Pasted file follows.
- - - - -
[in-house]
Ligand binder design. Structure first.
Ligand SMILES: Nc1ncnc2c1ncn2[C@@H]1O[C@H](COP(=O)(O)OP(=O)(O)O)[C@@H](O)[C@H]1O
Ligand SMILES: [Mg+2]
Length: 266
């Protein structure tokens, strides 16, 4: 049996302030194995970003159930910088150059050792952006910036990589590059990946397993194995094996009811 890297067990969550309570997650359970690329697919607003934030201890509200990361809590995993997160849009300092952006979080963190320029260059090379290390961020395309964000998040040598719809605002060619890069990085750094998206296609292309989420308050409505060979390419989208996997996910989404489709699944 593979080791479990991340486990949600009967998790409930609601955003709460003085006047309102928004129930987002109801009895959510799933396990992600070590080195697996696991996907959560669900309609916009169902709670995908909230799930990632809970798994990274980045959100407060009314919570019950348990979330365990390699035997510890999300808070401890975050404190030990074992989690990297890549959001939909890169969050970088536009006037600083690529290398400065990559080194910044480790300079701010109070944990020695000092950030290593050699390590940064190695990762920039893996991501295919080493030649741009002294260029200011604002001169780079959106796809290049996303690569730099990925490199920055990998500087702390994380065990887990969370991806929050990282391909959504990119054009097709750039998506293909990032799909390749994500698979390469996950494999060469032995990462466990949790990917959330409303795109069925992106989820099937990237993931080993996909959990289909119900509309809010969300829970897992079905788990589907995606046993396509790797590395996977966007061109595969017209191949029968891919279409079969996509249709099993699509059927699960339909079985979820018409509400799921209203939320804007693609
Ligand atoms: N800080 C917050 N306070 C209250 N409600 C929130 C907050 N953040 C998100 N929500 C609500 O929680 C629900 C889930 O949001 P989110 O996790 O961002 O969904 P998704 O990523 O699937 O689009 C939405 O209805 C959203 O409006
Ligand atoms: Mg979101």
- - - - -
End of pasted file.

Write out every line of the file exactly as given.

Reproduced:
[in-house]
Ligand binder design. Structure first.
Ligand SMILES: Nc1ncnc2c1ncn2[C@@H]1O[C@H](COP(=O)(O)OP(=O)(O)O)[C@@H](O)[C@H]1O
Ligand SMILES: [Mg+2]
Length: 266
């Protein structure tokens, strides 16, 4: 049996302030194995970003159930910088150059050792952006910036990589590059990946397993194995094996009811 890297067990969550309570997650359970690329697919607003934030201890509200990361809590995993997160849009300092952006979080963190320029260059090379290390961020395309964000998040040598719809605002060619890069990085750094998206296609292309989420308050409505060979390419989208996997996910989404489709699944 593979080791479990991340486990949600009967998790409930609601955003709460003085006047309102928004129930987002109801009895959510799933396990992600070590080195697996696991996907959560669900309609916009169902709670995908909230799930990632809970798994990274980045959100407060009314919570019950348990979330365990390699035997510890999300808070401890975050404190030990074992989690990297890549959001939909890169969050970088536009006037600083690529290398400065990559080194910044480790300079701010109070944990020695000092950030290593050699390590940064190695990762920039893996991501295919080493030649741009002294260029200011604002001169780079959106796809290049996303690569730099990925490199920055990998500087702390994380065990887990969370991806929050990282391909959504990119054009097709750039998506293909990032799909390749994500698979390469996950494999060469032995990462466990949790990917959330409303795109069925992106989820099937990237993931080993996909959990289909119900509309809010969300829970897992079905788990589907995606046993396509790797590395996977966007061109595969017209191949029968891919279409079969996509249709099993699509059927699960339909079985979820018409509400799921209203939320804007693609
Ligand atoms: N800080 C917050 N306070 C209250 N409600 C929130 C907050 N953040 C998100 N929500 C609500 O929680 C629900 C889930 O949001 P989110 O996790 O961002 O969904 P998704 O990523 O699937 O689009 C939405 O209805 C959203 O409006
Ligand atoms: Mg979101």